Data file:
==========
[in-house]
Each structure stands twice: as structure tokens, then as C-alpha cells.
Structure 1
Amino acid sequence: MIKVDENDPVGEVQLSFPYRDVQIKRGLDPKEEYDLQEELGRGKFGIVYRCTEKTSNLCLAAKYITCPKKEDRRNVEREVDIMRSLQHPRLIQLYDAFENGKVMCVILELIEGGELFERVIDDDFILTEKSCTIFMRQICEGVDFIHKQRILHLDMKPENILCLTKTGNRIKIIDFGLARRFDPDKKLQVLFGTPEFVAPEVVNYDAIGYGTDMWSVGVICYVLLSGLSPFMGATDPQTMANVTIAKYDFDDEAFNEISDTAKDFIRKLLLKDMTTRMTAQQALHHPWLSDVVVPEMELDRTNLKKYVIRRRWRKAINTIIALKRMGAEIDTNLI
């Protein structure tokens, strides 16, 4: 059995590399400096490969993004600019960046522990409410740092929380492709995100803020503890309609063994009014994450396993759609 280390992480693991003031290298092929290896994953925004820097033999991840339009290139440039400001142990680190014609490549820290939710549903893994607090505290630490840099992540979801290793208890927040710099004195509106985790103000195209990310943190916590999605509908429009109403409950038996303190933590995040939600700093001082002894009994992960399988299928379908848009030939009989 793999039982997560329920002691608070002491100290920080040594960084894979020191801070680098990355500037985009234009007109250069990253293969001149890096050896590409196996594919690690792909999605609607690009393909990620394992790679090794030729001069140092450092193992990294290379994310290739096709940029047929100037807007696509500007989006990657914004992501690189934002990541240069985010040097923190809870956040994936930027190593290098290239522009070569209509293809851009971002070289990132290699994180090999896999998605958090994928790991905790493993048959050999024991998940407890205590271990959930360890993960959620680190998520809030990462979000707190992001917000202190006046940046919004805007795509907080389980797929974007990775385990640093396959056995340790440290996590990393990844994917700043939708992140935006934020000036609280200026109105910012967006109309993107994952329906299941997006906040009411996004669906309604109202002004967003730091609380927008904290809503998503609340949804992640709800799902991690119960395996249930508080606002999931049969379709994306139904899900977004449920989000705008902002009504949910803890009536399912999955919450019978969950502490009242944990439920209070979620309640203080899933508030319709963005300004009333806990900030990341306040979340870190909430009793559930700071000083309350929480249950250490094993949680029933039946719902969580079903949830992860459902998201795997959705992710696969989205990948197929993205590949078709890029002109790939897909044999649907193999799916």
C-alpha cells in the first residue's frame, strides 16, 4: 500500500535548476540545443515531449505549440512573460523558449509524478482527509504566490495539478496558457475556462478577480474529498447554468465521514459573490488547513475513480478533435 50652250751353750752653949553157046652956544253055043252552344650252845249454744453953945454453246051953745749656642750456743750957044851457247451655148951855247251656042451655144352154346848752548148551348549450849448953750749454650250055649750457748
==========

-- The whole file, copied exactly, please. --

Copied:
[in-house]
Each structure stands twice: as structure tokens, then as C-alpha cells.
Structure 1
Amino acid sequence: MIKVDENDPVGEVQLSFPYRDVQIKRGLDPKEEYDLQEELGRGKFGIVYRCTEKTSNLCLAAKYITCPKKEDRRNVEREVDIMRSLQHPRLIQLYDAFENGKVMCVILELIEGGELFERVIDDDFILTEKSCTIFMRQICEGVDFIHKQRILHLDMKPENILCLTKTGNRIKIIDFGLARRFDPDKKLQVLFGTPEFVAPEVVNYDAIGYGTDMWSVGVICYVLLSGLSPFMGATDPQTMANVTIAKYDFDDEAFNEISDTAKDFIRKLLLKDMTTRMTAQQALHHPWLSDVVVPEMELDRTNLKKYVIRRRWRKAINTIIALKRMGAEIDTNLI
């Protein structure tokens, strides 16, 4: 059995590399400096490969993004600019960046522990409410740092929380492709995100803020503890309609063994009014994450396993759609 280390992480693991003031290298092929290896994953925004820097033999991840339009290139440039400001142990680190014609490549820290939710549903893994607090505290630490840099992540979801290793208890927040710099004195509106985790103000195209990310943190916590999605509908429009109403409950038996303190933590995040939600700093001082002894009994992960399988299928379908848009030939009989 793999039982997560329920002691608070002491100290920080040594960084894979020191801070680098990355500037985009234009007109250069990253293969001149890096050896590409196996594919690690792909999605609607690009393909990620394992790679090794030729001069140092450092193992990294290379994310290739096709940029047929100037807007696509500007989006990657914004992501690189934002990541240069985010040097923190809870956040994936930027190593290098290239522009070569209509293809851009971002070289990132290699994180090999896999998605958090994928790991905790493993048959050999024991998940407890205590271990959930360890993960959620680190998520809030990462979000707190992001917000202190006046940046919004805007795509907080389980797929974007990775385990640093396959056995340790440290996590990393990844994917700043939708992140935006934020000036609280200026109105910012967006109309993107994952329906299941997006906040009411996004669906309604109202002004967003730091609380927008904290809503998503609340949804992640709800799902991690119960395996249930508080606002999931049969379709994306139904899900977004449920989000705008902002009504949910803890009536399912999955919450019978969950502490009242944990439920209070979620309640203080899933508030319709963005300004009333806990900030990341306040979340870190909430009793559930700071000083309350929480249950250490094993949680029933039946719902969580079903949830992860459902998201795997959705992710696969989205990948197929993205590949078709890029002109790939897909044999649907193999799916």
C-alpha cells in the first residue's frame, strides 16, 4: 500500500535548476540545443515531449505549440512573460523558449509524478482527509504566490495539478496558457475556462478577480474529498447554468465521514459573490488547513475513480478533435 50652250751353750752653949553157046652956544253055043252552344650252845249454744453953945454453246051953745749656642750456743750957044851457247451655148951855247251656042451655144352154346848752548148551348549450849448953750749454650250055649750457748